Greet Rufus, chosen in the Lord; also his mother, who has been a mother to me as well. (Romans 16:13)
Mother’s Day is here – let’s show some love for all the moms! I want to honor Melissa, not only for giving birth to our two sons, but for the long term momming that went into raising a son with special needs to adulthood. (re: the picture – no, he doesn’t drink. It was just a milestone to celebrate his 21st birthday in a place that required him to reach 21. Strictly a burger run).
I know from years of church experience that piling on the Mother’s Day sentiment can have unintended consequences. Women who are not birth moms, or who can’t be, or who lost a child, or who are estranged from their kids might perceive a “second class female” label being slapped on them when church services set aside the Gospel and function more like a Hallmark holiday.
I don’t think that means we should eliminate Mothers Day but we should be aware of its limits. Giving birth is not the only value to a woman’s existence and, frankly, there’s more to being a mom than giving birth and having a baby shower. We need to watch out for romanticizing and minimizing what should be serious, sacrificial and lifelong effort. (Motherhood in this fullest sense is quite Christ-like).
The full expression of motherhood involves care giving. I’ve watched Melissa’s role continually evolve as our boys age. She’s always their care giver, even as they grow in adult independence. She continues to be a source of “home” for them, even across distance.
I quoted Saint Paul at the top of these thoughts. In an easy-to-skip ending to one of his letters, where he’s writing a lot of “Say ‘Hi’ to so-and-so” pleasantries, he mentions a fellow Christian named Rufus and then asks his readers to greet Rufus’ unnamed mother, who, Paul writes, has been a mother to me as well.
What form this took we don’t know. We know that Paul’s ministry kept him on the road; perhaps Rufus’ mom gave the Apostle a sense of home base and family when he visited Rome. Paul mentions ailments in some of his letters; perhaps Rufus’ mom gave him respite and comfort. And Paul’s life was full of hardships and hostile confrontations; perhaps the mothering he received from this unnamed woman was in simple hospitality, human warmth and affirming words when they crossed paths. In a world that beat Paul physically and emotionally, this lady’s glad hug and smiling “Welcome back, stranger!” would have been the medicine of motherly love (I remember the days when our kids seemed to get better from bugs by just sitting on Melissa’s lap for a bit.)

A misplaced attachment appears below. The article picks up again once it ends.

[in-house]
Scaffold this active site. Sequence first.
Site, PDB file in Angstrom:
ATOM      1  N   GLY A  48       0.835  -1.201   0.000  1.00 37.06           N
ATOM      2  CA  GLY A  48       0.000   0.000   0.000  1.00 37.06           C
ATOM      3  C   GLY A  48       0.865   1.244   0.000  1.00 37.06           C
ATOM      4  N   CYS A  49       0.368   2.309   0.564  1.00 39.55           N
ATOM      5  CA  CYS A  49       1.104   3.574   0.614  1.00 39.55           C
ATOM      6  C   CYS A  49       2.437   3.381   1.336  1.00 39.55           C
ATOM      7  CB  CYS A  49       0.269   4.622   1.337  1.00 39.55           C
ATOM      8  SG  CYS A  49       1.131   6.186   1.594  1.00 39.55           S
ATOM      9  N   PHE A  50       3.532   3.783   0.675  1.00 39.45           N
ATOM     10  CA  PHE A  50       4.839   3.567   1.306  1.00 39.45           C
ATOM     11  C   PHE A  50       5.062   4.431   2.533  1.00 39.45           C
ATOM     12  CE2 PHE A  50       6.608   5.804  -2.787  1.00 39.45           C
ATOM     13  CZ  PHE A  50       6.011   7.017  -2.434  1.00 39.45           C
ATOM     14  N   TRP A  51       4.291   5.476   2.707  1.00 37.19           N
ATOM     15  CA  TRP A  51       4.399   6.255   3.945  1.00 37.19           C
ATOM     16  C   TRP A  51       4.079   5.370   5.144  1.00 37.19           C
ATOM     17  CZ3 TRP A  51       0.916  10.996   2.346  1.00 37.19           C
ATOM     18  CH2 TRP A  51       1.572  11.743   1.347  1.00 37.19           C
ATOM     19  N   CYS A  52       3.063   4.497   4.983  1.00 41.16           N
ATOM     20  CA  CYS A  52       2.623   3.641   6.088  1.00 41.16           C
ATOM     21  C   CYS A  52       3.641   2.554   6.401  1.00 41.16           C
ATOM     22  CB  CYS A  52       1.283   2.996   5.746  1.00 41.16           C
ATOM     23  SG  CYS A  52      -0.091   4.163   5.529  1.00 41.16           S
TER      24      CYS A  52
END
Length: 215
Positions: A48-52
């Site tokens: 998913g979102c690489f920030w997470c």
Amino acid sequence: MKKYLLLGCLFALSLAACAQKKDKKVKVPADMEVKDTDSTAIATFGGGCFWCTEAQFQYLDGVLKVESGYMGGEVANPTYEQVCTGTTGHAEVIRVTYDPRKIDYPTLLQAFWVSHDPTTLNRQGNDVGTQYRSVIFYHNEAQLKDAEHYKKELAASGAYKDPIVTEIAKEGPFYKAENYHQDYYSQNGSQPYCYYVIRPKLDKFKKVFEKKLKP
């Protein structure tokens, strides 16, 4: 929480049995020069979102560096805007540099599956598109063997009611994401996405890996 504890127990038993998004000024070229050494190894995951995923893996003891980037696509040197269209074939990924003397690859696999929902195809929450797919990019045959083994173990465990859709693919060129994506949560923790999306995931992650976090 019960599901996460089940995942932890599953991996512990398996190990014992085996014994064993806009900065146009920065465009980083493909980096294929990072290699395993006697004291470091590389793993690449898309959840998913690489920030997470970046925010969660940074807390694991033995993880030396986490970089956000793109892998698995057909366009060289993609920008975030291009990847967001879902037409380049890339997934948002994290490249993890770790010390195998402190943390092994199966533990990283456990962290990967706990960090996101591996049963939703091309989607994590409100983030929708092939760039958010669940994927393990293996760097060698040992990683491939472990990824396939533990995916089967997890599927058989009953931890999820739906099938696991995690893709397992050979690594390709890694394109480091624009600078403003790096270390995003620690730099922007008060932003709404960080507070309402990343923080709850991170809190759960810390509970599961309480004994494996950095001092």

In her book Teaching Diamonds in the Tough, Cleo Lampos includes a chapter entitled To The Other Mother. She lauds those who step in to give care in ways that make them mothers to the world’s needy children of all ages,
In our family, my Aunt Lois served as our unofficial foster care system. At one time or another, Aunt Lois took care of most of my cousins for varying lengths of time and for differing reasons. Her frame house in mid-Iowa became a refuge for my sister and me for over a year as my mother battled with an alcoholic husband in another state. Aunt Lois provided stability and protection at a time when my sister and I displayed emotional signs from abuse. She infused us with hope because we had lost ours. Aunt Lois became “our other mother.”
To women like… Aunt Lois, a lot of adults owe debts of gratitude that can never be paid. The “other mother” saved our lives.
So I take this Mother’s Day on the calendar to give thanks for all of the mothers on the job out there; those like Melissa who gave birth and continue to nurture those lives decades later, and to all the “other mothers” who give care and bring forth new life when others have the blues…